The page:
When a person stood on the floor of the Senate Chamber, however--in the well below the dais--the dais was, suddenly, not plain at all. Up close, its marble was a deep, dark red lushly veined with grays and greens, and set into it, almost invisible from the galleries, but, up close, richly glinting, were two bronze laurel wreaths, like the wreaths that the Senate of Rome bestowed on generals with whom it was pleased, when Rome ruled the known world--and the Senate ruled Rome. From the well, the columns and pilasters behind the dais were, suddenly, tall and stately and topped with scrolls, like the columns of the Roman Senate's chamber, the columns before which Cato spoke and Caesar fell, and above the columns, carved in cream-colored marble, were eagles, for Rome's legions marched behind eagles. From the well, there was, embroidered onto each pale damask panel, an ornament in the same pale color and all but invisible from above--a shield--and there were cream-colored marble shields, and swords and arrows, above the doors. And the doors--those seven pairs of double doors, each flanked by its tall columns and pilasters--were tall, too, and their grillwork, hardly noticeable from above, was intricate and made of beaten bronze, and it was framed by heavy, squared bronze coils. The vice presidential busts were, all at once, very high above you; set into deep, arched niches, flanked by massive bronze sconces, their marble faces, thoughtful, stern, encircled the Chamber like a somber evocation of the Republic's glorious past. And, rising from the well, there were the desks.

    The desks of the Senate rise in four shallow tiers, one above the other, in a deep half circle. Small and spindly individually, from the well they blend together so that with their smooth, burnished mahogany tops reflecting even the dim lights in the ceiling so far above them, they form four sweeping, glowing arcs. To stand in the well of the Senate is to stand among these four long arcs that rise around and above you, that stretch away...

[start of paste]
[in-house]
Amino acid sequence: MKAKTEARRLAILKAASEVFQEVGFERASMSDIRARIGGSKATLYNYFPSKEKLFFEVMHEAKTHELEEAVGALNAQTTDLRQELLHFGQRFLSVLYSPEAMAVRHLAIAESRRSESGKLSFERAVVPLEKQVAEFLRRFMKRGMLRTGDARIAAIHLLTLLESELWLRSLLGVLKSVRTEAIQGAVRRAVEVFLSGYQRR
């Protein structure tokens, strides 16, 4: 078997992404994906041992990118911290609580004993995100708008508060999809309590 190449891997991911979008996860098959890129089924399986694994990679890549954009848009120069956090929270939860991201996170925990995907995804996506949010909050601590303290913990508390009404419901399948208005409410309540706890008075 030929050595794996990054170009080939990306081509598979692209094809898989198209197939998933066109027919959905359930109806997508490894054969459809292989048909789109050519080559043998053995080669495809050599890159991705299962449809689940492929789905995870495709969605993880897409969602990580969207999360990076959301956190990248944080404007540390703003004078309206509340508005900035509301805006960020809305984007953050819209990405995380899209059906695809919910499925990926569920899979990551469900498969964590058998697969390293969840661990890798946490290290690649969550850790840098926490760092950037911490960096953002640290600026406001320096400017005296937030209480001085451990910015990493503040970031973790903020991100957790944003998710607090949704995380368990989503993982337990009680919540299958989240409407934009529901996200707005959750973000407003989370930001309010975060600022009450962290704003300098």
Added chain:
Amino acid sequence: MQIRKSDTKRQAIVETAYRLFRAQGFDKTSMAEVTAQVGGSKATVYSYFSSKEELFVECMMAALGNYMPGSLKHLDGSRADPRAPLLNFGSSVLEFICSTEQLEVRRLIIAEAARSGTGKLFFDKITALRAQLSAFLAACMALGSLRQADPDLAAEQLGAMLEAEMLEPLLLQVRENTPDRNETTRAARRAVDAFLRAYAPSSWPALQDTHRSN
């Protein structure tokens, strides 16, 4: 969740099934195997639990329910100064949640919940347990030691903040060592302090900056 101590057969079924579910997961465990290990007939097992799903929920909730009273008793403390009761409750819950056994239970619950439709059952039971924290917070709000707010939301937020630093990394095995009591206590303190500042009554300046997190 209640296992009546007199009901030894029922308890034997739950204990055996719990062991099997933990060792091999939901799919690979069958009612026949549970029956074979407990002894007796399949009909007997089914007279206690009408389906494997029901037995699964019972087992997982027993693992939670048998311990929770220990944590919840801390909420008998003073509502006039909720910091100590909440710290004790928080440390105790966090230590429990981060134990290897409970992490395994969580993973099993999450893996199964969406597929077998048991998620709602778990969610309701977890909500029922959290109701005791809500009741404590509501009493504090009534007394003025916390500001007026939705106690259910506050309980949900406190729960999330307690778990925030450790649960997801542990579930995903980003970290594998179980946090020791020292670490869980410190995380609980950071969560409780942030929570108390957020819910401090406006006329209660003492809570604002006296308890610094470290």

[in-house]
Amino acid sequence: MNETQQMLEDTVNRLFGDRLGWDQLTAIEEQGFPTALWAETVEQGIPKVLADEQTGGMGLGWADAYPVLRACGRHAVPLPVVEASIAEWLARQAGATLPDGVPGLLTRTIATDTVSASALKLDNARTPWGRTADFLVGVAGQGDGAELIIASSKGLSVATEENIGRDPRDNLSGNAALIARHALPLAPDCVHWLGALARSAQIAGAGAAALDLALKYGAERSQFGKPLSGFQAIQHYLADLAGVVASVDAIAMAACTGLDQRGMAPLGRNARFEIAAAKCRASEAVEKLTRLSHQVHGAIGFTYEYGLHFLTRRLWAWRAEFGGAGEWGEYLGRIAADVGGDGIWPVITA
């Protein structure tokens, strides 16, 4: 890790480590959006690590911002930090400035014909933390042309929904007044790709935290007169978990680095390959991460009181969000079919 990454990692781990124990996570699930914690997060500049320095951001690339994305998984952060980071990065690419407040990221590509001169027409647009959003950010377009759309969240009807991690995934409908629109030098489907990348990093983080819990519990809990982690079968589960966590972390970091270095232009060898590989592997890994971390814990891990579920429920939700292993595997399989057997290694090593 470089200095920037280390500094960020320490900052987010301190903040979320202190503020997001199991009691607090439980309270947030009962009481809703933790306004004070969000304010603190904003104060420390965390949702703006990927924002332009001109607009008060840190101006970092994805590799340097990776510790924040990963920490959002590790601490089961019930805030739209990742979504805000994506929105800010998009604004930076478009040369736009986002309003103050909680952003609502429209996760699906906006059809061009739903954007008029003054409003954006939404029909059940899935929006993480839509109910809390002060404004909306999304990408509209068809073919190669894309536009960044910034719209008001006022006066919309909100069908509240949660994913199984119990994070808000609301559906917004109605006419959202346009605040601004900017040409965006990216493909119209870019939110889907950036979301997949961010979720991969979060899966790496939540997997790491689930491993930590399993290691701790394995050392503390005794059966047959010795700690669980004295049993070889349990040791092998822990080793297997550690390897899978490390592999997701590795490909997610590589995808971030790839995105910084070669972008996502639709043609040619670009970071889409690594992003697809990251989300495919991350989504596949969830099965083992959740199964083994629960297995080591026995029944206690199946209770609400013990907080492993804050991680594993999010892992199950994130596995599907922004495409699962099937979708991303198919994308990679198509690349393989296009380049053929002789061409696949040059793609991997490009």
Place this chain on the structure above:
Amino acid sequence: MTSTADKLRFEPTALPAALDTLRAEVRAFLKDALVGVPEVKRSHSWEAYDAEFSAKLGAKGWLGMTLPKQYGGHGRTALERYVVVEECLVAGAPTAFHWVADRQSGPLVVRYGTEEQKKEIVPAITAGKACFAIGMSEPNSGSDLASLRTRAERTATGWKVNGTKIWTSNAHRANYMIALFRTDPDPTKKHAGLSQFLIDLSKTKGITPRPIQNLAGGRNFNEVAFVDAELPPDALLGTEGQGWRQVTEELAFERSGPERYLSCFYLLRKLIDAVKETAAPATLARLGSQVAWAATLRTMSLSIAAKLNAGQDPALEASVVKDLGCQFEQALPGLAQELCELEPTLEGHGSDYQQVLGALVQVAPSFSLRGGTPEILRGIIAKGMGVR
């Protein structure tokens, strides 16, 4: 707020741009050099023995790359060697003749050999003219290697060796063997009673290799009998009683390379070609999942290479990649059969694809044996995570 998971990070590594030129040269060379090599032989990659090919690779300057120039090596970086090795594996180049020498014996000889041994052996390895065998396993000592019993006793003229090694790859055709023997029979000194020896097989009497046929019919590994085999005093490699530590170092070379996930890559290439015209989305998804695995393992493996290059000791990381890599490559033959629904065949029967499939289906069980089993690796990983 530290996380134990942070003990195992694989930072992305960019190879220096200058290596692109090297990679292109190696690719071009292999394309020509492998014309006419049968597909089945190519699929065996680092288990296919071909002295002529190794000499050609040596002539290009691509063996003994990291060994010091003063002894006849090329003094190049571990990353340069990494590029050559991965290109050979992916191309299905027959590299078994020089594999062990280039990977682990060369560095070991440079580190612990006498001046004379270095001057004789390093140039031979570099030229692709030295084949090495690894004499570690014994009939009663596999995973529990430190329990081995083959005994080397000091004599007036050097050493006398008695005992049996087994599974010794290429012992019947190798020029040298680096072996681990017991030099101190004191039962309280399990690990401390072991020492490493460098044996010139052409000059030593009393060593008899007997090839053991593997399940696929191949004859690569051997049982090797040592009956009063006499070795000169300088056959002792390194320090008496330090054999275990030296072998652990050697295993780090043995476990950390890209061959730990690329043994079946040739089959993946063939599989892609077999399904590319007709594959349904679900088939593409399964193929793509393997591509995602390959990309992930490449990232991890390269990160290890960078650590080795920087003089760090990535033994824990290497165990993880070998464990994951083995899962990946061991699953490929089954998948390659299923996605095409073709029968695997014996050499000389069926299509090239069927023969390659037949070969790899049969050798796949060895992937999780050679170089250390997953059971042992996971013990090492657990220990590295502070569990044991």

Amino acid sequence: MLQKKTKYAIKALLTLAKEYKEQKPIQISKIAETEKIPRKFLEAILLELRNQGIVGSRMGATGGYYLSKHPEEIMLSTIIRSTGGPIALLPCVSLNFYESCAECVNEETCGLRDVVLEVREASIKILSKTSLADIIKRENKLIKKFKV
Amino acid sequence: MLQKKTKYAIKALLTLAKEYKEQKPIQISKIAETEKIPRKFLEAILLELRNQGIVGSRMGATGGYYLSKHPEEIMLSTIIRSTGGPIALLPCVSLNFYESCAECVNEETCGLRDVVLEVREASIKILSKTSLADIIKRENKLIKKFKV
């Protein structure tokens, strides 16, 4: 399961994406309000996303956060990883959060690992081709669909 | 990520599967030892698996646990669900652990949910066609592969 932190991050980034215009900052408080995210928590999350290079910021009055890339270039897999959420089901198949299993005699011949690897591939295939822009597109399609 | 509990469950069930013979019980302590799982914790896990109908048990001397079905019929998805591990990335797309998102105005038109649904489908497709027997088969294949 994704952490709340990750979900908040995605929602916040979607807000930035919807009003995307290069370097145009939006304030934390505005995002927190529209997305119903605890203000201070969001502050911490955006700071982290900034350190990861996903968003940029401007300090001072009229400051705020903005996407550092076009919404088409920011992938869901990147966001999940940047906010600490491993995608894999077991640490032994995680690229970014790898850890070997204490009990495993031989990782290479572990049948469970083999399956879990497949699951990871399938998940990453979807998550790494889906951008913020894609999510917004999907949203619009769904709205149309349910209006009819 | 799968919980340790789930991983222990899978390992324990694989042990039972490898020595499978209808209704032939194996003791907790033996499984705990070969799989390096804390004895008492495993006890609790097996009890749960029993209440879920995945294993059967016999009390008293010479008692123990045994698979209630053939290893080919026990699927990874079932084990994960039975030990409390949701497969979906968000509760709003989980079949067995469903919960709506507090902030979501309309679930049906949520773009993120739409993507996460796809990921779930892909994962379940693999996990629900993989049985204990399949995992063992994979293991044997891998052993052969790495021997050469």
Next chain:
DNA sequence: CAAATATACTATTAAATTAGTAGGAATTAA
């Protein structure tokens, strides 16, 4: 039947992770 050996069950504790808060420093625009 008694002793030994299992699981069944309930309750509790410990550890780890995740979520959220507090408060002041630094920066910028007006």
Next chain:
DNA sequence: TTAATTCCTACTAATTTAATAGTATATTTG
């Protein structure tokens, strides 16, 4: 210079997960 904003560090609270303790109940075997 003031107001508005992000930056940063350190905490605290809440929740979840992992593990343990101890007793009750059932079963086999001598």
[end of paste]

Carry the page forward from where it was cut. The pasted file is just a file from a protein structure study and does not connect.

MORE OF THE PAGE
Reviews-
  • AudioFile Magazine The massive third volume of Caro's massive life of Lyndon Baines Johnson focuses on the 12 years (1948-1960) during which LBJ was a member of the U.S. Senate. It reveals his "take-no-prisoners" drive to power, as well as his ability to manage a previously unmanageable institution. Caro includes lots of Senate history and lots of information covered in his previous books on Johnson. In audio format, the book's redundancy can be frustrating, as it is hard to skip text and read ahead. Grover Gardner's narration is a straightforward rendition of the text. The drama--and there is much drama in the events chronicled--is carried by the words, not the voice. While some listeners might want more verbal dramatics, this reviewer found the neutral reading easy to listen to and appropriate. R.E.K. (c) AudioFile 2002, Portland, Maine
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Master of the Senate
Master of the Senate
The Years of Lyndon Johnson III
Robert A. Caro
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The Years of Lyndon Johnson III
Robert A. Caro